Thursday, August 27, 2015

APEC organizers ask Boholanos to 
accommodate spillover tourists

TAGBILARAN CITY, August 26 (PIA)--On the reality that tourist destinations can possibly lure delegates of the Asia Pacific Economic Cooperation (APEC), authorities rolled out orientation and information dissemination to local information Officers to prepare communities for the foreign and local guests. 

This is so that everyone can be prompted as to helping make the Bohol sortie of these tourists as memorable, and worth remembering. 

Interior and Local Government Provincial Director Louisella Lucino said they had taken the initiative to brief the Information and tourism officers about the possible official or incognito coming of APEC delegates spilling over on rest and recreation breaks from the over 500 meetings held in three locations in Cebu from August 22 to Sept 6. 

Lucino, who was joined by the APEC task group on Emergency Preparedness Deputy Commissioner Vic Tomasar and Office of the Civil Defense ARD Ver Neil Balaba, told information officers gathered at the Jjs Sea Foods Village that about 3,000 APEC guests are already accounted for in Cebu. 

Beyond the 3000, APEC also brings in between 90-7000participants and delegates to finance, structural reforms, transportation and energy meetings spread out between September 7 to October 17, Lucino advised. 

These delegates brought with them accompanying staff and some family members, effectively ballooning the number to over 5,000 and triggering a spillover from the three hotel venues the APEC picked in Cebu, explained Lucino at the orientation.

APEC has 21 member countries sending in foreign heads of state and their business officials in the Philippines as the country hosted the 2015 meetings and conferences.

And while the meetings in Cebu are expected to keep delegates focused on the activities, police authorities who are in the protective services and Very Important persons (VIP) security have reported break-away groups who have come to Bohol, without officials APEC sanctions.

"We need our people to know that we are also hosting the spill-over in Cebu, considering the proximity of the islands," PSupt Lorenzo Batuan, Camp Dagohoy's Operations Officer and key Bohol APEC contact person said, during the forum. 

As such, we let APEC know that we are a hospitable people, full of warmth and are accommodating, Batuan, who also leads the security and Apec protection services when the delegates are in Bohol. 

We wish we could know them, but some APEC delegates kip some meetings to come to Bohol incognito, and pinpoint where they are, we wish Boholanos can be of help, as we always do in receiving these guests and handling them memorably as they pass through our province, adds Lucino.(rac/PIA-7/Bohol)

Antequera tour gets 
tourists planting rice 

TAGBILARAN CITY, August 26 (PIA)--For the eco-tourist who may not have had any experience of how back-breakin it can be, a local government unit in Bohol decides to open a farm adventure that would emphatically tell people why we must conserve our rice.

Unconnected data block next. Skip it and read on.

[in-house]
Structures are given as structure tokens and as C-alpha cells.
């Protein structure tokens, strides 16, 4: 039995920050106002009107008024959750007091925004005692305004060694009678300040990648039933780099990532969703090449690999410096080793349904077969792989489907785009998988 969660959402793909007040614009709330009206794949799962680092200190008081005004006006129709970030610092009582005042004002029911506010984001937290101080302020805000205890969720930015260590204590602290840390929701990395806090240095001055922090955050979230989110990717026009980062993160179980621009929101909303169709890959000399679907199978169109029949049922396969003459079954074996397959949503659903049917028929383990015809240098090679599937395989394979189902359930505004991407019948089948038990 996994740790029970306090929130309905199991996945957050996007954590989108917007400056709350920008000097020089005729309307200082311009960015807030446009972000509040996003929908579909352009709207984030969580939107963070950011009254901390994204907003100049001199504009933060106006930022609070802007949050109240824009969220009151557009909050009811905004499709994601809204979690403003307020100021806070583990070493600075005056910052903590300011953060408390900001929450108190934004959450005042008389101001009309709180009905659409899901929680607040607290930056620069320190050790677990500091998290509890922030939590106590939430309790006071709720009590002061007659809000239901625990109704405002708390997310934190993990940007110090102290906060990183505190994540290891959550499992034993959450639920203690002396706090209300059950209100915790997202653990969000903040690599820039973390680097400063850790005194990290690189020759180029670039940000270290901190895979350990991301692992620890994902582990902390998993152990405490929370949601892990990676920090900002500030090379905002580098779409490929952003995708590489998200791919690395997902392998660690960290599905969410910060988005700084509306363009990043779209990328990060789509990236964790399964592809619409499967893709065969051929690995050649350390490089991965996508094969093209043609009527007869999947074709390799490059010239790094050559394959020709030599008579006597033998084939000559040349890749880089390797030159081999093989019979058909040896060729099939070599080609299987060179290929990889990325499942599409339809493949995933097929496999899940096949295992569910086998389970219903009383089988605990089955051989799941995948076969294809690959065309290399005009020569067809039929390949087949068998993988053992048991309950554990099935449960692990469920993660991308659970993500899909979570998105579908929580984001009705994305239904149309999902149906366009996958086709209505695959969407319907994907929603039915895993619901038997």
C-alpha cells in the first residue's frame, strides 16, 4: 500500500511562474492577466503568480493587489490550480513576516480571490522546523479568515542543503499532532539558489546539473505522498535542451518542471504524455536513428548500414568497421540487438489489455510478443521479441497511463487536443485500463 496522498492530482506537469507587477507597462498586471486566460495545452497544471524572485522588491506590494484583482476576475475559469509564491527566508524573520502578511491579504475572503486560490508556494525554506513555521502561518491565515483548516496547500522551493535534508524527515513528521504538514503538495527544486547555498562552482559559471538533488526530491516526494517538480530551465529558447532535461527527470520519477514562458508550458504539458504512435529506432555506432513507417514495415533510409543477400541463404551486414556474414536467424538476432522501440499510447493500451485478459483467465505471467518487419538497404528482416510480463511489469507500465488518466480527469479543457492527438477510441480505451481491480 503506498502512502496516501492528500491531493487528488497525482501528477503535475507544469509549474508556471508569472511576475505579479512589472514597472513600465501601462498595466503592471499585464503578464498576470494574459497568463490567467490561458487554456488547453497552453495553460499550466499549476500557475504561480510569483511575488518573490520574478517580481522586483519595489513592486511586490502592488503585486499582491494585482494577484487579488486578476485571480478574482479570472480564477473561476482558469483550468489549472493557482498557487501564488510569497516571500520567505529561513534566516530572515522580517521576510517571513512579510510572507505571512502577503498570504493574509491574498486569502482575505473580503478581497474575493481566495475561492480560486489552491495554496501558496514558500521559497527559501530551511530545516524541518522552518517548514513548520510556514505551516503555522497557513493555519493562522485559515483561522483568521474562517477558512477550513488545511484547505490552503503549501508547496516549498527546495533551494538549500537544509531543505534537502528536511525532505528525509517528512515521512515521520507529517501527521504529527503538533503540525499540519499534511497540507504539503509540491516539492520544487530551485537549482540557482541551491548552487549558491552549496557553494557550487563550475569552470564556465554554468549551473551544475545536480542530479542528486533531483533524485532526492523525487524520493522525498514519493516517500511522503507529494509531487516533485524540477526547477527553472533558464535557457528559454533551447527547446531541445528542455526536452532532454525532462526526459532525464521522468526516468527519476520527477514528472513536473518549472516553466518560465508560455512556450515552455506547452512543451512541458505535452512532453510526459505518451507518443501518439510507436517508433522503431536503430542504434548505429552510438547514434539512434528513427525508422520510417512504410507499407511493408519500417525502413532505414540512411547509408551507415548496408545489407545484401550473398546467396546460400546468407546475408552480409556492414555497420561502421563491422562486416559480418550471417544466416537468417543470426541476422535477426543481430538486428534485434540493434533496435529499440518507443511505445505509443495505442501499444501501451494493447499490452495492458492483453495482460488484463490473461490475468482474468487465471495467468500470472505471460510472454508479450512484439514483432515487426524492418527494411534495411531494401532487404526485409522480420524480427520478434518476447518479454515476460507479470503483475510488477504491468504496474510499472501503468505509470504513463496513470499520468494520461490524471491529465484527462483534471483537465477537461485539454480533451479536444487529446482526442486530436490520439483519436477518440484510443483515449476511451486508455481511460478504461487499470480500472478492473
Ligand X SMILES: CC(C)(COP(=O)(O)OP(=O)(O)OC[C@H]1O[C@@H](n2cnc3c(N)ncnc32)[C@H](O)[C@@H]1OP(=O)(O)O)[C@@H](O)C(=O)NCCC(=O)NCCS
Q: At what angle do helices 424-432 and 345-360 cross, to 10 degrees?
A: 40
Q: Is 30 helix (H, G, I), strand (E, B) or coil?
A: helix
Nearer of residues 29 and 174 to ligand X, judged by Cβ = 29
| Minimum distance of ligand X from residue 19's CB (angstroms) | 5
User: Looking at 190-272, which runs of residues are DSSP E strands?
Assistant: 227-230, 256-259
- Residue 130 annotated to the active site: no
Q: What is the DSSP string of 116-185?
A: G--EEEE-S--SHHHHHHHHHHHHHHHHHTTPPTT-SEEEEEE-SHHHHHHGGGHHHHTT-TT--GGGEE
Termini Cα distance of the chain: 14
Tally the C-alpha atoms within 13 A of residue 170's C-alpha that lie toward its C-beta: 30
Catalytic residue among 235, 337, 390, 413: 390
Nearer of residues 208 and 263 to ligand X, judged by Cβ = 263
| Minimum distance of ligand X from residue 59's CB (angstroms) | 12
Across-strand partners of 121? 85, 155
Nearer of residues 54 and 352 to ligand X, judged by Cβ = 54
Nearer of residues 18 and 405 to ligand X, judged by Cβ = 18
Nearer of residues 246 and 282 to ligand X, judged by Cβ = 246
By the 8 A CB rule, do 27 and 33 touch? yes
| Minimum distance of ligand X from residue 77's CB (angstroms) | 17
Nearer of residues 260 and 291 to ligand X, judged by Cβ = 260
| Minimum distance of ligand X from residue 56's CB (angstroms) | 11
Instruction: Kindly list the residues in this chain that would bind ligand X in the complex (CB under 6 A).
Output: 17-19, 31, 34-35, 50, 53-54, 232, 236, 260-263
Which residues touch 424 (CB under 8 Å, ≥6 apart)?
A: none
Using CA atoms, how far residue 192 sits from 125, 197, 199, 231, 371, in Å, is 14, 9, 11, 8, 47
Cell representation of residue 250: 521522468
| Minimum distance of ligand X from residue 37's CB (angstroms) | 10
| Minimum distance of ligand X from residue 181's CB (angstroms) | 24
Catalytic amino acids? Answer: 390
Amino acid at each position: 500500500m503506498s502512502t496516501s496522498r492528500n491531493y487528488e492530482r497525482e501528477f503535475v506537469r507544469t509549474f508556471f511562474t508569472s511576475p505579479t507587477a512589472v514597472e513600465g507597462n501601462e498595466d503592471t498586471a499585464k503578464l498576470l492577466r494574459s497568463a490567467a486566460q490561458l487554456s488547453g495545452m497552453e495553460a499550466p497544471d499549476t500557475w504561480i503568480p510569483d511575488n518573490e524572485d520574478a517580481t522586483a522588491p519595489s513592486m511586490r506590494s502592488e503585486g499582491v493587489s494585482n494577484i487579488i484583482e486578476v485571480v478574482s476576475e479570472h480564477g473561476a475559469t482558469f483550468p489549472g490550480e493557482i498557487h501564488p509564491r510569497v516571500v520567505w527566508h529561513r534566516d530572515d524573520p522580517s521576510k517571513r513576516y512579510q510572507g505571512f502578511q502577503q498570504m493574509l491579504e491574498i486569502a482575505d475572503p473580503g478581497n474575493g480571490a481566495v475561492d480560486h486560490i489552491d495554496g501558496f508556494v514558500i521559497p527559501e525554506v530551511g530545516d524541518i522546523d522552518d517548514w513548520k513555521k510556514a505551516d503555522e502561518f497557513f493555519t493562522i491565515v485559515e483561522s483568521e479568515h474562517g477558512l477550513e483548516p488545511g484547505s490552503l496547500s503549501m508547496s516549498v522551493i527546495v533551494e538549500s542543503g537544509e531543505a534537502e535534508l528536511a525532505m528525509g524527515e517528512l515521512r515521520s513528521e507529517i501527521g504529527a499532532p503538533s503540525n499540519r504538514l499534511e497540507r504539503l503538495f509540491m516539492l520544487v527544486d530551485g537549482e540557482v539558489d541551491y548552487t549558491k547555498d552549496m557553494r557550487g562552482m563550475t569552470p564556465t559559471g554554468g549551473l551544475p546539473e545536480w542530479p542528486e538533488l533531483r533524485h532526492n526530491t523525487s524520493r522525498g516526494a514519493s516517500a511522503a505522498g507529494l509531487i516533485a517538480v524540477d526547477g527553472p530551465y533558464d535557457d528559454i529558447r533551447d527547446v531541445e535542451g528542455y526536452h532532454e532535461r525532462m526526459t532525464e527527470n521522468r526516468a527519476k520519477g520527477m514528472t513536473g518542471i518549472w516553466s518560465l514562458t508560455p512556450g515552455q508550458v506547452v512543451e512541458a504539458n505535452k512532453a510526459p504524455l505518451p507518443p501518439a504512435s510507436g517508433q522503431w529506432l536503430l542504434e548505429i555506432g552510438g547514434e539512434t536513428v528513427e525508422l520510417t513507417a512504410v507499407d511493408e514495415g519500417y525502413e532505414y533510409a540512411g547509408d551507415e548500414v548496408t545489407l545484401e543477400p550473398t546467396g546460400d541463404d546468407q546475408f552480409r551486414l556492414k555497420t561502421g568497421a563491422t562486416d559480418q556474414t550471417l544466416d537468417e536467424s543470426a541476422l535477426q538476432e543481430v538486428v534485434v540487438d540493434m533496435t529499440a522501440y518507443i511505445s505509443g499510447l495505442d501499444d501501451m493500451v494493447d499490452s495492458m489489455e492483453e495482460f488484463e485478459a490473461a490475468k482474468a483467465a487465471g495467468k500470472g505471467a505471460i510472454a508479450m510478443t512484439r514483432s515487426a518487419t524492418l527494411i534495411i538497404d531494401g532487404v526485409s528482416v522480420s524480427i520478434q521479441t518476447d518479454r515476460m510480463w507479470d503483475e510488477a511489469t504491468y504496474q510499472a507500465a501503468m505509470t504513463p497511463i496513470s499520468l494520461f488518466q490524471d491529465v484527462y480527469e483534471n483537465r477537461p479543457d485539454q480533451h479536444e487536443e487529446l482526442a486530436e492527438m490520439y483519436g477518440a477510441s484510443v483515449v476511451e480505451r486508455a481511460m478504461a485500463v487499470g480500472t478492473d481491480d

In Celing Antequera, LGU authorities deemed it meaningful for a tourist who may have more than enough food at home. 

"This part of the tour gets tourists into a brief time in the farm and lets him feel for himself the fun or the lessons in it," summed up explained Mayor Jose Mario Pahang, who personally accommodated the tourism stakeholders out to evaluate new ecotourism products included in the Eco-tourism Bohol program. 

It may be recalled that with the soon completion of the Panglao Airport project, tourist would be coming in droves to Bohol, as project proponents claim. 

Bringing them out of Panglao, off the usual Chocolate Hills tour circuit, would help spread the benefits of economic growth in tourism, explained Sinichiro Tanimoto, Japan International Cooperation Agency (JICA) Sustainable Environment for Panglao Project (SEPP) team leader. 

With this, JICA and local ecotourism council capacitated communities to mold new tourism products, and Antequera put up something like a real immersion into a farm where tourists can try riding carabao sledges, plowing, stepping on a paddy and planting rice. 

I have never really tried this, and after getting a few seedlings from a bundle and planting it, I realized, the some was real. Planting rice is never really fun, says Cristopher Boncales, a Bohol tour guide and one among the JICA team who decided getting the feel of planting may enhance their tour spiels and story telling skills. 

You bend to plant and you pick a rhythm while making sure you have them all in a line formation is really tough, adds Connie Calatrava, another tour guide. 

The tour actually asks tourists who are adventurous enough to strip of their shoes and socks and step into the muddy paddy bringing a bundle of rice seedlings to plant. A community tour guide assists the tourists and instructs them of the proper way to do it. 

We planted not even a line in the paddy and it was a harrowing experience imagining how it would be after filling the whole rice paddy, tour guides excitedly shared their experience, while sipping cold coconut juice after the activity. 

A single bunch of rice seedlings, when tended right, fertilized and irrigated properly, can produce over 10 kilos of rice, when the harvest is good, farmers at the site shared. 

Planting, happens to be just the beginning of a long and tedious process of getting a milled rice from a germinated grain. 

With the pain and the hard work, it is always a neat lesson tourists can have that wasting rice is really huge, considering the trouble farmers go through, just to have us cook the food we serve on our tables, tour guides said. (rac/PIA-7/Bohol)

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